The book describes humanism in a systematic and historical perspective. It analyzes its manifestation and function in cultural studies and its role in the present.
Within the book, special attention is given to the intention of contemporary humanism to overcome ethno-centric elements in the cultural orientation of contemporary living conditions and to develop humane dimensions of this orientation. This is linked to a fundamental critique of the current post-human self-understanding of the humanities. Furthermore, the intercultural aspect in the understanding of humanism is emphasized; for non-Western cultures also have their own humanistic traditions. Two further aspects are also addressed: the Holocaust as the most radical challenge to humanistic thinking and the relationship of humanism to nature.
Sitting at the intersection of history and philosophy, the book is perfect for those exploring humanism from an historical perspective.
Table of Contents
1. What is Humanism?
2. Classical Humanism – a Historical Survey
3. Intercultural Humanism – How to Perform the Humanities in the Era of Globalization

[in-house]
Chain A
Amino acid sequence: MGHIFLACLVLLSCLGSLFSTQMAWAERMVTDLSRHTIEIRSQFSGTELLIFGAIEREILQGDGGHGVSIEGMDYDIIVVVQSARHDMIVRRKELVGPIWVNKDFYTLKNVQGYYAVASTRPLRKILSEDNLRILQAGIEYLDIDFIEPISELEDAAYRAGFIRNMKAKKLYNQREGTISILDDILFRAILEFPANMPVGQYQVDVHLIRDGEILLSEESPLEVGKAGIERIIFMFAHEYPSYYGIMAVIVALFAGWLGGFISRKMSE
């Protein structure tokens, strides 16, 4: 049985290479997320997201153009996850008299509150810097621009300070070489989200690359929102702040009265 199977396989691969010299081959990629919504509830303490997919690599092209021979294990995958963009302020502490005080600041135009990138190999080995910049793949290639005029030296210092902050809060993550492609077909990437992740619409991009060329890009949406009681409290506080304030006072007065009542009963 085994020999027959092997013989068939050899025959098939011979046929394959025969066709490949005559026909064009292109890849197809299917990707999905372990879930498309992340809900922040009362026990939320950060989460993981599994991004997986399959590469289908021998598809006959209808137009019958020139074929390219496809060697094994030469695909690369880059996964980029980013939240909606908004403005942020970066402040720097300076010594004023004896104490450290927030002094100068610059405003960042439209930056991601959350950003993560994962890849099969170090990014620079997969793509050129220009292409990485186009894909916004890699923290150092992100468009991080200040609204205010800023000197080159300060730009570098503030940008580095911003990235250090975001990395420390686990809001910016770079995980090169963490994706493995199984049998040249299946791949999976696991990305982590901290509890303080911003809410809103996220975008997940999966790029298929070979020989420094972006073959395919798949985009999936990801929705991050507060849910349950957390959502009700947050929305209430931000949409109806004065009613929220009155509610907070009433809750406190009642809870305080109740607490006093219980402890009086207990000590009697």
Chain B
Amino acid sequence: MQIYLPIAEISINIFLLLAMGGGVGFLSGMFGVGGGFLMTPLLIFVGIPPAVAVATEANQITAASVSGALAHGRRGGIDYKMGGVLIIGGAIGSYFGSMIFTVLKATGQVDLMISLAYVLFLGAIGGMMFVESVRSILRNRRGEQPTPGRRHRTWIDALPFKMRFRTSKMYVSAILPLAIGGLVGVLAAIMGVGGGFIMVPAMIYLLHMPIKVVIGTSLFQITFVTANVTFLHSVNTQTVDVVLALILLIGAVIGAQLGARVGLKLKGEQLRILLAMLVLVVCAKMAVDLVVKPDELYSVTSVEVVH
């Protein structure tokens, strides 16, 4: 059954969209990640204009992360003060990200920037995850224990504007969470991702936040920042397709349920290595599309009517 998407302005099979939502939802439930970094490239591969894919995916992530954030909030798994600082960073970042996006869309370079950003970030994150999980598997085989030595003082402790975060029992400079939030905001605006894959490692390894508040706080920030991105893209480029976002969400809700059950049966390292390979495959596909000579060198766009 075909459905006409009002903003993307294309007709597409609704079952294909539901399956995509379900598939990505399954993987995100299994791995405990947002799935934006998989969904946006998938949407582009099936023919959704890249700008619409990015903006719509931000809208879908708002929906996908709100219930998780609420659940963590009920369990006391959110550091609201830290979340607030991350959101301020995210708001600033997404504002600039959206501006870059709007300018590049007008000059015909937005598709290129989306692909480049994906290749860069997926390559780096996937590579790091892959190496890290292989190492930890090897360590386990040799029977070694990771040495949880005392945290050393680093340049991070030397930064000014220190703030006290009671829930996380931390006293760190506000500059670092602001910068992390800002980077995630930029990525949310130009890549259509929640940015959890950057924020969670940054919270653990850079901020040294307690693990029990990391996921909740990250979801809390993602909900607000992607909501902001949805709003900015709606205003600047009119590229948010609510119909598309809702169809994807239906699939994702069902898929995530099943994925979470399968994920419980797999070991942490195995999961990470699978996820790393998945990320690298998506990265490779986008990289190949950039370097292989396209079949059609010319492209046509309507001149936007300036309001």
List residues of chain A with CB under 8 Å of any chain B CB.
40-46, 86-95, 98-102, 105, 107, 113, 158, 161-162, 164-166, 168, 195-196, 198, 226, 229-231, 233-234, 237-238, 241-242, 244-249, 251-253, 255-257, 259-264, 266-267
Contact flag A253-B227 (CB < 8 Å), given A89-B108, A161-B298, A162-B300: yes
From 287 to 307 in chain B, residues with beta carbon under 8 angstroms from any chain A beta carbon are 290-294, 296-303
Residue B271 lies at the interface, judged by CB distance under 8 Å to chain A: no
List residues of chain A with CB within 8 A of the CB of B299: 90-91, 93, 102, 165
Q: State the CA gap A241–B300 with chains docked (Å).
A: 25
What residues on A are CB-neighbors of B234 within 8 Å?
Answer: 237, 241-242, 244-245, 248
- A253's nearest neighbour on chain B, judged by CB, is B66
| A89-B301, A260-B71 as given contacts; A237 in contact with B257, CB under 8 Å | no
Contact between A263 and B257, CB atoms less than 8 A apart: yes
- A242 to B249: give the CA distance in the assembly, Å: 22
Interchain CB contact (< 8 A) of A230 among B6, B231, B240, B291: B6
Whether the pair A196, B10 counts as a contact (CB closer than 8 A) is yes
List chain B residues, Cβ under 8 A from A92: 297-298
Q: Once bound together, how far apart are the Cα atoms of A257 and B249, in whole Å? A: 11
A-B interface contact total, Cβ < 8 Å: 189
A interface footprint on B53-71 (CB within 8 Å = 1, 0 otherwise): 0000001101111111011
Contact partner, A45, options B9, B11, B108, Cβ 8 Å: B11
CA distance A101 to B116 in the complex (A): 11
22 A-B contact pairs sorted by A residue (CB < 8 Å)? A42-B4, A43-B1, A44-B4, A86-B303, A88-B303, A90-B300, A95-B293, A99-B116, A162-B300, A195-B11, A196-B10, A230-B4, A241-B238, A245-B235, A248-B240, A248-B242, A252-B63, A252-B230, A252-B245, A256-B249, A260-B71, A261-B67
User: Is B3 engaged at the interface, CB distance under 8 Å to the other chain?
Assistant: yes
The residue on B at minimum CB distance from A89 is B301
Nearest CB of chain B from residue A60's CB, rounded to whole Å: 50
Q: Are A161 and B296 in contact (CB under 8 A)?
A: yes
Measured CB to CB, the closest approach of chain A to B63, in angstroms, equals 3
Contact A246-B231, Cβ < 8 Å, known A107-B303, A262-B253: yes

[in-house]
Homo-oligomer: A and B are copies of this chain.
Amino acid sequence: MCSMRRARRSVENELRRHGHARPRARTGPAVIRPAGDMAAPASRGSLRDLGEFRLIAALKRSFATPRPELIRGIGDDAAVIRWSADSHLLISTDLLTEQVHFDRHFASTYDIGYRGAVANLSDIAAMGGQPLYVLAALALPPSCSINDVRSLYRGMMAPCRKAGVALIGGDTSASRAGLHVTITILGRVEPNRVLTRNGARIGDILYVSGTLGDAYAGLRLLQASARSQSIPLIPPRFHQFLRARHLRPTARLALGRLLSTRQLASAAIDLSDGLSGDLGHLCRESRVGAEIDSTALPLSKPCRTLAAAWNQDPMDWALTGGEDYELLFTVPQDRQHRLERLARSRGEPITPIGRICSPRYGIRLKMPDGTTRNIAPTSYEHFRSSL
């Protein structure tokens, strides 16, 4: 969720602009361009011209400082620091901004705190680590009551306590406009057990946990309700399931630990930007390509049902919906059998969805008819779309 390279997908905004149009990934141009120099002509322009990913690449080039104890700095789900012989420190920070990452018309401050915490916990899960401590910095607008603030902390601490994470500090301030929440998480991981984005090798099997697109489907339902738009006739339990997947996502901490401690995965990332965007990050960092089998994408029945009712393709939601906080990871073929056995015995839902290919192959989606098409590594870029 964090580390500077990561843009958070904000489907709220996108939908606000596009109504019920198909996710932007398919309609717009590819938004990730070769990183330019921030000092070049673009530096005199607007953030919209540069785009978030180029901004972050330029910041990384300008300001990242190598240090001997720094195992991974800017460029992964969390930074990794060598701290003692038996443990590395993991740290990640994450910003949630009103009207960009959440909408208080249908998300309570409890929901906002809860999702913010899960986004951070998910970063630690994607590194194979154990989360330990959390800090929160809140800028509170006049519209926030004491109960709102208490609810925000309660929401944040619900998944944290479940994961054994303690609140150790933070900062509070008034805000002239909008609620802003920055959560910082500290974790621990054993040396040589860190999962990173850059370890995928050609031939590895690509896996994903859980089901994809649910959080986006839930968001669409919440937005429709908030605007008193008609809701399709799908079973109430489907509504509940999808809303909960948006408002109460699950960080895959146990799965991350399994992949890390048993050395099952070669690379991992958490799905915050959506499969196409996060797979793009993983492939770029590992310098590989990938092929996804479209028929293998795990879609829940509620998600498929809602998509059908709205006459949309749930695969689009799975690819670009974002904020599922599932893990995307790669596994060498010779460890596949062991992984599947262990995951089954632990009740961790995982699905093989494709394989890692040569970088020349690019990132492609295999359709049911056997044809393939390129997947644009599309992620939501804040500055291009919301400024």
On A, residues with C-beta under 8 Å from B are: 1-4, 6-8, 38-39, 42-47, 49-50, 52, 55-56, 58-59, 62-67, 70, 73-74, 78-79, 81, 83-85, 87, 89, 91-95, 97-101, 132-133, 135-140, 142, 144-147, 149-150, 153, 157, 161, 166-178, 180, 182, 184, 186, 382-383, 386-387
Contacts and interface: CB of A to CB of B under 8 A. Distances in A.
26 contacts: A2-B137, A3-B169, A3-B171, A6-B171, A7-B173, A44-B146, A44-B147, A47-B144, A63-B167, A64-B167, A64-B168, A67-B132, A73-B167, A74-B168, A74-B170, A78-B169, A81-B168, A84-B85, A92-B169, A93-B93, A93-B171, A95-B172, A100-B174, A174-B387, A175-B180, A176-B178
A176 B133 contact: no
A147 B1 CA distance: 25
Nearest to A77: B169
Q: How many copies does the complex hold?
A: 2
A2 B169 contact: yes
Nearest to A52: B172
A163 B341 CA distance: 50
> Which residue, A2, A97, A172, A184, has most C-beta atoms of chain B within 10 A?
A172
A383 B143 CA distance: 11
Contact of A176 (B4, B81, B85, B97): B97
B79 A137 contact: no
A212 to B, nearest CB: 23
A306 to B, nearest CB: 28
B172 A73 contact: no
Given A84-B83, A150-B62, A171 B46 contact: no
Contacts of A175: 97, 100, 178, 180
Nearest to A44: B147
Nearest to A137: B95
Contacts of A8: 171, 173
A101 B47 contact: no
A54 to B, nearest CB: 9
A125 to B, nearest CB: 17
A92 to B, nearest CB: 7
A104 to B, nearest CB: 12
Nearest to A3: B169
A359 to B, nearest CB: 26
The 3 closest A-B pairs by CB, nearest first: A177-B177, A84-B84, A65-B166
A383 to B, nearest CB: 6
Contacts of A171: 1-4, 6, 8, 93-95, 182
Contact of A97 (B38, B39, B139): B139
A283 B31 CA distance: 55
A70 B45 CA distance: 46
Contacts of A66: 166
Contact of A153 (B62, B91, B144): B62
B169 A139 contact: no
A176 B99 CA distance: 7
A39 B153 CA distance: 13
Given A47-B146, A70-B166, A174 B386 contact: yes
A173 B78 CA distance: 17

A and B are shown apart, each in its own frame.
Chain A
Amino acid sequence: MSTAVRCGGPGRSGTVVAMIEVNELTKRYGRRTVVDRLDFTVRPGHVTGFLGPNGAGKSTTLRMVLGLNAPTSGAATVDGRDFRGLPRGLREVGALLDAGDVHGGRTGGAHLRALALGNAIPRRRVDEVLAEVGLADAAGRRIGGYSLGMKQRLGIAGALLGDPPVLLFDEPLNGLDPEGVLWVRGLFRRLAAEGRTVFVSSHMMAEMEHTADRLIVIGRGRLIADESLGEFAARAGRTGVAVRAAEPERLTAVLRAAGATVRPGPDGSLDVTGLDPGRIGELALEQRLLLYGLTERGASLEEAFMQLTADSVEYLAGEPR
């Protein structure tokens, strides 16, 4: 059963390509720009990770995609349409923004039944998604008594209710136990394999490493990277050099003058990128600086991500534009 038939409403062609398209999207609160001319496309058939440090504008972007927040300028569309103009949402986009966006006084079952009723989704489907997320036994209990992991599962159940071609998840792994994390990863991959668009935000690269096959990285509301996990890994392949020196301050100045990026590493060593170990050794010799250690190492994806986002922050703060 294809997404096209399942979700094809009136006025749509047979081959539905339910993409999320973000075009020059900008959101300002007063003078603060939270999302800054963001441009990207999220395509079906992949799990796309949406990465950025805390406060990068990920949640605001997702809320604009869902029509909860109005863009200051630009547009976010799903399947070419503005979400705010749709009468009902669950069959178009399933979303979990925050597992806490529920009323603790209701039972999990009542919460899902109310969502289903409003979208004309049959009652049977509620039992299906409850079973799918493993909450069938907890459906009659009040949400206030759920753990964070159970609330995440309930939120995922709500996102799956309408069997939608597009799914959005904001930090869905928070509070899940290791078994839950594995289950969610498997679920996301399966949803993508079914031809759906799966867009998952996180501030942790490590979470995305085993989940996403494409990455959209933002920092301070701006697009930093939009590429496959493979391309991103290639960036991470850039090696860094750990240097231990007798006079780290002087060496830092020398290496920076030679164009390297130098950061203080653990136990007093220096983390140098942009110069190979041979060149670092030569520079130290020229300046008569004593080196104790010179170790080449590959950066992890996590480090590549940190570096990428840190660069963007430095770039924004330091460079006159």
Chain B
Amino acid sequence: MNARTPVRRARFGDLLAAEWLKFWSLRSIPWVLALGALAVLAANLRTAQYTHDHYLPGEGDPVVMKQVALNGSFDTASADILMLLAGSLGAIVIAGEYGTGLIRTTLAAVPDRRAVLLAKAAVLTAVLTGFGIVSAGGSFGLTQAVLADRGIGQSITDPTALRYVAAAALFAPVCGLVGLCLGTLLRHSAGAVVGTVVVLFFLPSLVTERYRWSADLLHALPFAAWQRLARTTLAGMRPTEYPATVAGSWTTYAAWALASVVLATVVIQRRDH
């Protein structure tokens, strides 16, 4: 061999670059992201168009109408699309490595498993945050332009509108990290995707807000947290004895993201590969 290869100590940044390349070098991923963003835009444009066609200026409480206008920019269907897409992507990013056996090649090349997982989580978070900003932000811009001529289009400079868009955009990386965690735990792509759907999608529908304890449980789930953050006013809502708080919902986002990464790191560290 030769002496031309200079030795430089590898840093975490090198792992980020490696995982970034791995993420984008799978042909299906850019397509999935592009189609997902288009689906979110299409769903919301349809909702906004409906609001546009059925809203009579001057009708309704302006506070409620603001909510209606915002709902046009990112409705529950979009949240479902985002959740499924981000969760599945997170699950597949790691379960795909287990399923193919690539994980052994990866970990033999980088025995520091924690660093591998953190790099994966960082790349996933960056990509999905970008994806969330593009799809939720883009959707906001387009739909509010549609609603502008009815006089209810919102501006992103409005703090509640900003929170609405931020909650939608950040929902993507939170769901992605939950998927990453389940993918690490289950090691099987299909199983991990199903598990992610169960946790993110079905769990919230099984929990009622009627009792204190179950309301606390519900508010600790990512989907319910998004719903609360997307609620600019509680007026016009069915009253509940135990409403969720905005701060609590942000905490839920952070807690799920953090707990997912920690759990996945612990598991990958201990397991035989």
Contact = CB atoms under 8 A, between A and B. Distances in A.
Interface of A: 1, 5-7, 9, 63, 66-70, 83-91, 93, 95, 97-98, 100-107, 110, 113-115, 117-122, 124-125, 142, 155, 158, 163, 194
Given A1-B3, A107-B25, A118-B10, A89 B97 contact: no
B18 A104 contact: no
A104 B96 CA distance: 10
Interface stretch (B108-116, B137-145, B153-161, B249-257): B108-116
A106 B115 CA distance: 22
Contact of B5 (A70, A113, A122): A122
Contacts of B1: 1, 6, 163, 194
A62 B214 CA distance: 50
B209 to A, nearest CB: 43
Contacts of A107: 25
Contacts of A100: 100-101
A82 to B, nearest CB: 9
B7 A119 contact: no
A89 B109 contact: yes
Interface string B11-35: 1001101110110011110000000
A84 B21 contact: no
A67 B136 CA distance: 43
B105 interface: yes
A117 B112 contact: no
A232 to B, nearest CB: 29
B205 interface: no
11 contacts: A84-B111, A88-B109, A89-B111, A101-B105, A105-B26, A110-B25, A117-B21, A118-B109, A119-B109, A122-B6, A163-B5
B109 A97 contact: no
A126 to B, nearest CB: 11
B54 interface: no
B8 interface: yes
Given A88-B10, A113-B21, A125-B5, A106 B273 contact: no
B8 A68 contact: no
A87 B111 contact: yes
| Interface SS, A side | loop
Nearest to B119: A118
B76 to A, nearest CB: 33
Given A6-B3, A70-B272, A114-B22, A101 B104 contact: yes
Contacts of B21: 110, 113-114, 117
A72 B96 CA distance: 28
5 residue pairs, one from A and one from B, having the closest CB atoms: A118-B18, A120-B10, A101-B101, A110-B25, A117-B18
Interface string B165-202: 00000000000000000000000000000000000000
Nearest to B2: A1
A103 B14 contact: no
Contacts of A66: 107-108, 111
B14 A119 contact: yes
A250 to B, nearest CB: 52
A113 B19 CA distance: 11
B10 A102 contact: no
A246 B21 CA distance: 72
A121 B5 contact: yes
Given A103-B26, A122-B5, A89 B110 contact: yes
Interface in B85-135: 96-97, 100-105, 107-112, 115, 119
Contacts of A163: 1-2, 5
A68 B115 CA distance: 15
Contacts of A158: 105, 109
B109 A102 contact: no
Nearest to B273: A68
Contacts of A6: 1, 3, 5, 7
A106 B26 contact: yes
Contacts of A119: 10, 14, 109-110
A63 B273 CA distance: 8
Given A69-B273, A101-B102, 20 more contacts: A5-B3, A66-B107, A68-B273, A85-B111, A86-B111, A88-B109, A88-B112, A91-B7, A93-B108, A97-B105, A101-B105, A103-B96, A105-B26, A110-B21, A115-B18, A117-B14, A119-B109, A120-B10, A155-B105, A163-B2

4. Towards a New Idea of Humankind – Unity and Difference of Cultures in the Crossroads of Our Time
5. Historizing Humanity – Some Theoretical Considerations on Contextualization and Understanding with an Outlook on the Idea of Humanity
6. Humanism: Anthropology – Axial Times – Modernities
7. Humanism in Response to the Holocaust – Destruction or Innovation?
8. Humanism and Nature – Some Reflections on a Complex Relationship
Jörn Rüsen is Senior Fellow at the Kulturwissenschaftliches Institut (Institute for Advanced Study in the Humanities) at Essen, Germany. He specialises in the theory and didactics of history and intercultural humanism. His recent books include History: Narration, Interpretation, Orientation (2005) and Evidence and Meaning: A Theory of Historical Studies (2017).